The Firms

June 24, 2008 1:29 PM

Husch Blackwell: Has a New Am Law 100 Firm Been Born?

Posted by Claire Duffett

The newly merged Husch Blackwell Sanders has merged once again, this time with Chicago-based intellectual property litigation boutique Welsh & Katz, the firms announced yesterday. If ranked today, the combined firm, now called Husch Blackwell Sanders Welsh & Katz, would place eighty-eighth on our Am Law 100 list, according to their combined gross revenues.

Firm cochair David Fenley says the gross revenue will "be a smidgen beyond $300 million" in 2008, which, if ranked today, would place it above Pepper Hamilton's current $297 million, the firm with the eighty-eighth highest revenue in 2007, and below Littler Mendelson's $305 million, which placed eighty-seventh.

Prior to the Welsh merger, in February, Blackwell Sanders joined forces with Husch & Eppenberger. The combination of the two St. Louis-based firms, currently numbers 173 and 176 on The Am Law 200, respectively, initially gave the firm a projected $275 million in gross revenues this year, which, if ranked beside current Am Law 100 figures, would land it in ninety-ninth place. The additional $27 million from Welsh & Katz, according to managing partner A. Sidney Katz, will boost the firm past the $300 million mark.

Welsh has been looking to merge with a large multipractice firm for the past five years. Whereas large, generalist firms lacking IP practices once provide Welsh with most of its business, Katz says, these firms have since acquired similar IP boutiques and created their own in-house departments.

"Over the last decade, many of our referral sources have become our competitors," Katz explains. "Our business model was probably not appropriate for today's economy, and we realized we're better off as part of the pack."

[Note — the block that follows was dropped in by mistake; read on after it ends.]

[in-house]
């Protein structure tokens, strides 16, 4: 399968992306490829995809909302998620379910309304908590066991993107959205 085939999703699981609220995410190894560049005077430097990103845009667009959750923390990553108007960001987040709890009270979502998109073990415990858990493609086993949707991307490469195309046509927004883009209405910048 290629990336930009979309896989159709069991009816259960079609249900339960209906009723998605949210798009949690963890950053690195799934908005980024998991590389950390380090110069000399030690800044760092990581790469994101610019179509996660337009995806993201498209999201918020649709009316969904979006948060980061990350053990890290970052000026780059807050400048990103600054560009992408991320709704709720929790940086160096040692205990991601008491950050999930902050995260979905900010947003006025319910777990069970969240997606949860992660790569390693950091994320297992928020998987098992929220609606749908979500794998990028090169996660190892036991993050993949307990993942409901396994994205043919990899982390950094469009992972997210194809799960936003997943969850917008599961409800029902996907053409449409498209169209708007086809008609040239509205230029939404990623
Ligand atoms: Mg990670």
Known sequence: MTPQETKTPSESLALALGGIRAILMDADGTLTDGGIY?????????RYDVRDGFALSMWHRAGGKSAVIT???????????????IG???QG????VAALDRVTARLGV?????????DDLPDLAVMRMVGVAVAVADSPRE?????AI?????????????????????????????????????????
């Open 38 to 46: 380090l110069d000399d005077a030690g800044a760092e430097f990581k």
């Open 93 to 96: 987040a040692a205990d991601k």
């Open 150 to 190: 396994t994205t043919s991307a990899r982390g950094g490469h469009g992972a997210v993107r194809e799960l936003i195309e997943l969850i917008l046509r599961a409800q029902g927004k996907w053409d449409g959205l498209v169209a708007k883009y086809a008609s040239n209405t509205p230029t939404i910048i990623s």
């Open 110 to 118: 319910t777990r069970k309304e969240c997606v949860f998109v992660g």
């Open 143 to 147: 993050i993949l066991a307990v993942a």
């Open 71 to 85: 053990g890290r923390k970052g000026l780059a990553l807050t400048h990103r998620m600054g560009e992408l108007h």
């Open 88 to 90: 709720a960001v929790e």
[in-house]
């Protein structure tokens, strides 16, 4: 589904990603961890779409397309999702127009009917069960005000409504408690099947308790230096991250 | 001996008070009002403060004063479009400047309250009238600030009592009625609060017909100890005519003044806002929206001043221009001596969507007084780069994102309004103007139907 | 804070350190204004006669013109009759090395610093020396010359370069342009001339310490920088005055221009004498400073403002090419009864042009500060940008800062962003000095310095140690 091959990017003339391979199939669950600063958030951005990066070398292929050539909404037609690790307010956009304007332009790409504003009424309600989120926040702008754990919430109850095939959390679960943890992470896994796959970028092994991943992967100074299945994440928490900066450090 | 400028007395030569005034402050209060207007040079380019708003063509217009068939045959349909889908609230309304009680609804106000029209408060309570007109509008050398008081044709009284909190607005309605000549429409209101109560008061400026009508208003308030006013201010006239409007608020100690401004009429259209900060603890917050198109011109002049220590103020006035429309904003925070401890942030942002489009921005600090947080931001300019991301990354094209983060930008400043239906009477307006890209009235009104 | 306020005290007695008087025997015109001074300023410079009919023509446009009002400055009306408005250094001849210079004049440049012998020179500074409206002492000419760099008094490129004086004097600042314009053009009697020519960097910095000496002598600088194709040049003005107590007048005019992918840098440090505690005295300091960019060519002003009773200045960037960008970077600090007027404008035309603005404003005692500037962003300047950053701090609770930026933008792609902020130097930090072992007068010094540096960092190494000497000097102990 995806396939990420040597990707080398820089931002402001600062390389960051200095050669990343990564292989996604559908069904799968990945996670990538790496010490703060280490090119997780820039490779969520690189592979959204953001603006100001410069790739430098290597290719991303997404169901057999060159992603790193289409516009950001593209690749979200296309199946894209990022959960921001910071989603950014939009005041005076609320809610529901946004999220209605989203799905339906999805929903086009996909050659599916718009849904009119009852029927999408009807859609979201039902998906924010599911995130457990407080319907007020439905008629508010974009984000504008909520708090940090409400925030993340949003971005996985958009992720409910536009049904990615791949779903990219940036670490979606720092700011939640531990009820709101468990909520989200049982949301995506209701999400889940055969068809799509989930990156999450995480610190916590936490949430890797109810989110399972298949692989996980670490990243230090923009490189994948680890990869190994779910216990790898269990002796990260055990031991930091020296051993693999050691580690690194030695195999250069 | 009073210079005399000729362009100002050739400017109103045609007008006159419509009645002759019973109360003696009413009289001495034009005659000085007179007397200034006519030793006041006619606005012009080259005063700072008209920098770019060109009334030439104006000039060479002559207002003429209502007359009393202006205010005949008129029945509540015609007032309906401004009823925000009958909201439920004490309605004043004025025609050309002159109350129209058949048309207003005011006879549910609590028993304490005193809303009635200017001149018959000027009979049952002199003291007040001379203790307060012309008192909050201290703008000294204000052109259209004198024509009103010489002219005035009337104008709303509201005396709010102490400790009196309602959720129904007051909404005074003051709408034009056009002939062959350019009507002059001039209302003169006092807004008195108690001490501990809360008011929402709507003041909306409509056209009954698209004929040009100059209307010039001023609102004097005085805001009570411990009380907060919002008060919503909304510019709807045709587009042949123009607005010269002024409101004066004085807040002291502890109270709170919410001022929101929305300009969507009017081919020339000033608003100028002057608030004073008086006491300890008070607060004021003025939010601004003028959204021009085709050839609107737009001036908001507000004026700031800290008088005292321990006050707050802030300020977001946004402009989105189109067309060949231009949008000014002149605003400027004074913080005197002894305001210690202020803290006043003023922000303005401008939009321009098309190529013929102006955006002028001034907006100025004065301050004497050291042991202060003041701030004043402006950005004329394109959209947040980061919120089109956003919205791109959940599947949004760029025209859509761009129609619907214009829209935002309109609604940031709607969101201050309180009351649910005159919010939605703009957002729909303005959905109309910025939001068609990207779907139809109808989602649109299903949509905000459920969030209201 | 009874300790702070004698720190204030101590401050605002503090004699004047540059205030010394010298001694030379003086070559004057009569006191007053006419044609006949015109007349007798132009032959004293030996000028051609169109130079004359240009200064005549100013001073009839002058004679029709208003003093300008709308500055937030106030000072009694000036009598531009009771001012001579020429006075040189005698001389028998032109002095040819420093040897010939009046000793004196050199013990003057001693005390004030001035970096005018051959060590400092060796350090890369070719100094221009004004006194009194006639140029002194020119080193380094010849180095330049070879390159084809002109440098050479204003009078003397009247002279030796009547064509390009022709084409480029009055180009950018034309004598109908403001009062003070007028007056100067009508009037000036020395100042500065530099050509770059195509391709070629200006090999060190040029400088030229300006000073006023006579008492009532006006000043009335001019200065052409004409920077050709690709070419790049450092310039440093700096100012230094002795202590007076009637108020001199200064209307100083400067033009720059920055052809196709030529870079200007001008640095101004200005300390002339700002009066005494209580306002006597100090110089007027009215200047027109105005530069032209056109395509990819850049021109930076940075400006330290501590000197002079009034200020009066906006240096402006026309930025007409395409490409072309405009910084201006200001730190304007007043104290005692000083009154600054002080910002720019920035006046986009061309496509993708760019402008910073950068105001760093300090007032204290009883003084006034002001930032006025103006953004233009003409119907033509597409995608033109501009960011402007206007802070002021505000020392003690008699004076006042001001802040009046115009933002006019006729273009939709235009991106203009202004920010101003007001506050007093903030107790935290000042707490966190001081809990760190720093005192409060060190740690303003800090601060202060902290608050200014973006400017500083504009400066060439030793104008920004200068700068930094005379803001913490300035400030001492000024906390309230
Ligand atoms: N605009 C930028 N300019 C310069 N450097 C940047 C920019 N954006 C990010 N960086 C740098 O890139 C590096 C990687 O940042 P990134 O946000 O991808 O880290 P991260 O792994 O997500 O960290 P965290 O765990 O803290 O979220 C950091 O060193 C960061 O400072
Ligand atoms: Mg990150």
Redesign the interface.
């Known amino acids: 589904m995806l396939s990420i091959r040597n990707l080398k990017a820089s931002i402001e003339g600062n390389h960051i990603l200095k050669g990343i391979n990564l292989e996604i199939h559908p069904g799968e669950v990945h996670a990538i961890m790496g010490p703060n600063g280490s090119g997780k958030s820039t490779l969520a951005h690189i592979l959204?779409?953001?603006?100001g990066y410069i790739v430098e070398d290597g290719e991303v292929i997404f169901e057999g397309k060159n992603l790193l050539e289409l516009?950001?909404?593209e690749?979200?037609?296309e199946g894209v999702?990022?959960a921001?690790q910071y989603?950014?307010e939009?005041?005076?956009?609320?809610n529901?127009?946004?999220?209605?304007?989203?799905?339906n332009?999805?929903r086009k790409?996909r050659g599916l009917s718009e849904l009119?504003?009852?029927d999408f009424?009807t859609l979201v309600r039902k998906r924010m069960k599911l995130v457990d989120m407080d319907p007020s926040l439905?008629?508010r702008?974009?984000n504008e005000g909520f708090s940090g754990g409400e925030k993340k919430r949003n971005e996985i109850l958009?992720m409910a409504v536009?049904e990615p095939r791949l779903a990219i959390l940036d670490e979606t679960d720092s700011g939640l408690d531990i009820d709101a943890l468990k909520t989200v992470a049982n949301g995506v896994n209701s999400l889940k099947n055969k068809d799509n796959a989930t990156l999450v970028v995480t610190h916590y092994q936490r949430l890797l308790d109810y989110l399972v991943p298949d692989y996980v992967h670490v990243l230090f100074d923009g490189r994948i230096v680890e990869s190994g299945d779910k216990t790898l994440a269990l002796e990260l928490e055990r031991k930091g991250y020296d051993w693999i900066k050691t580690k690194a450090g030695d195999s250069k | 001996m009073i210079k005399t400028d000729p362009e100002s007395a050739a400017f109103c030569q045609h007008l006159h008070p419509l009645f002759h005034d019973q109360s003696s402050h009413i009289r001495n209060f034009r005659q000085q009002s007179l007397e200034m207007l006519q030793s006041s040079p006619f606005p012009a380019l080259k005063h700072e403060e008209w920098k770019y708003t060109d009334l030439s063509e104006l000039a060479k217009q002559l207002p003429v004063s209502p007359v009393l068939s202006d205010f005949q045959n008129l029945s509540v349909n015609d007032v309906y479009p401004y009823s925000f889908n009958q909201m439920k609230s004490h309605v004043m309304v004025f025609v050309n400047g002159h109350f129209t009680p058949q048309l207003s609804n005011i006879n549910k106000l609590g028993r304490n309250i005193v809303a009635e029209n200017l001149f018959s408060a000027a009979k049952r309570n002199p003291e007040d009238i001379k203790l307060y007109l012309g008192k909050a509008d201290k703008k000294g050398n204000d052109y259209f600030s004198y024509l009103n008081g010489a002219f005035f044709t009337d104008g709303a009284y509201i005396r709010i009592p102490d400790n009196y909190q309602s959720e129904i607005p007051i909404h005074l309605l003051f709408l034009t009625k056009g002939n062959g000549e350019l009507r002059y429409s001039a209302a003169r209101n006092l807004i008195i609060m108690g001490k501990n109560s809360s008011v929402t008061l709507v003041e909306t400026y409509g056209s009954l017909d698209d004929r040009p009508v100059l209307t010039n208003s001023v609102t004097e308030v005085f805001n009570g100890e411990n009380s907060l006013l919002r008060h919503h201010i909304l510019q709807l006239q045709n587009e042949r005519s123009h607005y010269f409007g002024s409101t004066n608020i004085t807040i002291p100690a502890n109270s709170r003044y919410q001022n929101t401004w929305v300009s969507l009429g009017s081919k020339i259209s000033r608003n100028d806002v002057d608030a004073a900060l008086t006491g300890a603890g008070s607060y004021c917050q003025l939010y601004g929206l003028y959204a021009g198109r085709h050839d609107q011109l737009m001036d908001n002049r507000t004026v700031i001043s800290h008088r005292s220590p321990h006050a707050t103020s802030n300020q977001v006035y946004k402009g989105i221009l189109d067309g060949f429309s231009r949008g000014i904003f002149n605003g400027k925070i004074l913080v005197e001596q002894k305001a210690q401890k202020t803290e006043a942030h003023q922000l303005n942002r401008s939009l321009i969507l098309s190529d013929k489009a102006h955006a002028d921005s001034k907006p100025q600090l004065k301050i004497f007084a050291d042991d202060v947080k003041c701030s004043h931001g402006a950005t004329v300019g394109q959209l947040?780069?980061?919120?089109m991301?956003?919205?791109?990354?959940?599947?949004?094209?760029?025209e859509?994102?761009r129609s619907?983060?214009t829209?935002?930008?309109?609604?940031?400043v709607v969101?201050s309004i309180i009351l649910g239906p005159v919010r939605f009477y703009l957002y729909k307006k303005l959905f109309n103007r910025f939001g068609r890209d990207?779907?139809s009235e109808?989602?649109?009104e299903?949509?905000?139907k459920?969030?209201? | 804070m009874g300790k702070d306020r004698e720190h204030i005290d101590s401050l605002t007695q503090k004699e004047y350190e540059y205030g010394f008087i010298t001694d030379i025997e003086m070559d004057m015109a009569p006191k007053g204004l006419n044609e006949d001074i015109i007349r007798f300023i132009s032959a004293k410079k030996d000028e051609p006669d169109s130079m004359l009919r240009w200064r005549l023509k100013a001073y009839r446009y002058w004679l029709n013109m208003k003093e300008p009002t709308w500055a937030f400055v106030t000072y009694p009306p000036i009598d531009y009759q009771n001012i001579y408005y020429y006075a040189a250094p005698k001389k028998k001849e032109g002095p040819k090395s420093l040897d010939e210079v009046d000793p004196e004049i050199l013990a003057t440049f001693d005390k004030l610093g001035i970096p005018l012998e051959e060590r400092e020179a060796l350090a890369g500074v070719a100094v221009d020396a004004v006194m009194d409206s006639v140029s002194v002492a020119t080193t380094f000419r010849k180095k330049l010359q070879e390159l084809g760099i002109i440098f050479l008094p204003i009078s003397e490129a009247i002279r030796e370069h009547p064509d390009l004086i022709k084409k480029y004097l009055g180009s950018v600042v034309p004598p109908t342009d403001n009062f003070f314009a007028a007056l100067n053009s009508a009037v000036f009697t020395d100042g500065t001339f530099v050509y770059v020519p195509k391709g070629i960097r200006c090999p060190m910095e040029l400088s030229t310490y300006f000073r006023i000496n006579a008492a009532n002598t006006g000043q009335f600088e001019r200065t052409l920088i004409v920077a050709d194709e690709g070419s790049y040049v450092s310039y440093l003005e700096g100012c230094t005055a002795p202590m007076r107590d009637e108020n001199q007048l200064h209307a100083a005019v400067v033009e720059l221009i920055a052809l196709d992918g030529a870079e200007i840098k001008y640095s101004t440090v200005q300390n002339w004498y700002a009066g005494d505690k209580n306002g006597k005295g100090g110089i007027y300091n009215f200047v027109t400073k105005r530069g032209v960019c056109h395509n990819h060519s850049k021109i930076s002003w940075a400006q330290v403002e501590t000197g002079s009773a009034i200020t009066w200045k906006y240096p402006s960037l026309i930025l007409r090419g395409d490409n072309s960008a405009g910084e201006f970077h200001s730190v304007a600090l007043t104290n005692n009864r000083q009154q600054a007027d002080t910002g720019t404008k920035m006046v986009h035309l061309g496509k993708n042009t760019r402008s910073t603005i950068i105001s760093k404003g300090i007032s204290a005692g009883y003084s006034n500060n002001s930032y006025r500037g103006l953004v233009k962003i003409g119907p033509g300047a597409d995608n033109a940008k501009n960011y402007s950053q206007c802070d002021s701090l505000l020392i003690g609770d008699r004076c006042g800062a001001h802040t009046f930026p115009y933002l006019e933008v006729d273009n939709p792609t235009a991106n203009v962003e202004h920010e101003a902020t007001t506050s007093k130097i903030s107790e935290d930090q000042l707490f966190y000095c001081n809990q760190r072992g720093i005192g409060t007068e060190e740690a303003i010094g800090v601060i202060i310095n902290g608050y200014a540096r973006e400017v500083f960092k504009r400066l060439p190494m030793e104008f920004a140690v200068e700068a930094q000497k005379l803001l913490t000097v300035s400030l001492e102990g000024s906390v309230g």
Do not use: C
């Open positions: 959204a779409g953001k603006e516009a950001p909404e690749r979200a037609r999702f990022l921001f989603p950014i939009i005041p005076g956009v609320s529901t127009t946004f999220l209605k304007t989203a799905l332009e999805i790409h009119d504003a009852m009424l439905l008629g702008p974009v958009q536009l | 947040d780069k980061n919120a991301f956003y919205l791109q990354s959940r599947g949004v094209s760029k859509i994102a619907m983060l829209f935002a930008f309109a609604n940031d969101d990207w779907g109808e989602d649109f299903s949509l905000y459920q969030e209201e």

However, Katz struggled to find a partner that didn't ask his firm to subsidize its debts. Further, he wanted to join another midwestern firm to keep pay scales lower and litigation costs down in order to remain competitive.

Mergers talks between Husch Blackwell and Welsh & Katz began in late March when Katz's friend and legal recruiter Mark Schulman of Chicago's Schulman Professional Search, Ltd., introduced the leaders of the two firms. Husch cochairs Fenley and Joseph Conran flew to Chicago to meet with Katz and partner Jerold Schnayer.

"We hit it off," Fenley says.

Both their personalities and the firm cultures meshed, adds Katz. For one, neither firm maintains any debt. And both firms focus on attorneys' quality of life above profitability, he explains. Further, profits per partner at both firms are in the $600,000-$700,000 range and Husch agreed to take on all of Welsh’s 14 equity principals (the firm is organized as a corporation) as equity partners.

When three Welsh partners participated in Husch's annual retreat in late April, both firms knew a merger was imminent. By mid-May, all the necessary contracts had been signed. Katz hopes the merger will help his firm, which he founded 25 years ago, retain top attorneys.

Now that Welsh is part of a 700-plus-attorney practice, talented associates will see more upward mobility and stick with the firm, Katz hopes. What is Husch Blackwell getting out of the deal? The firm, which also has a 40-plus attorney IP practice, can learn from Welsh lawyers about the hot area of high-tech patent litigation, Husch cochair Conran says. More than half of Welsh's attorneys also have degrees in science and technology.

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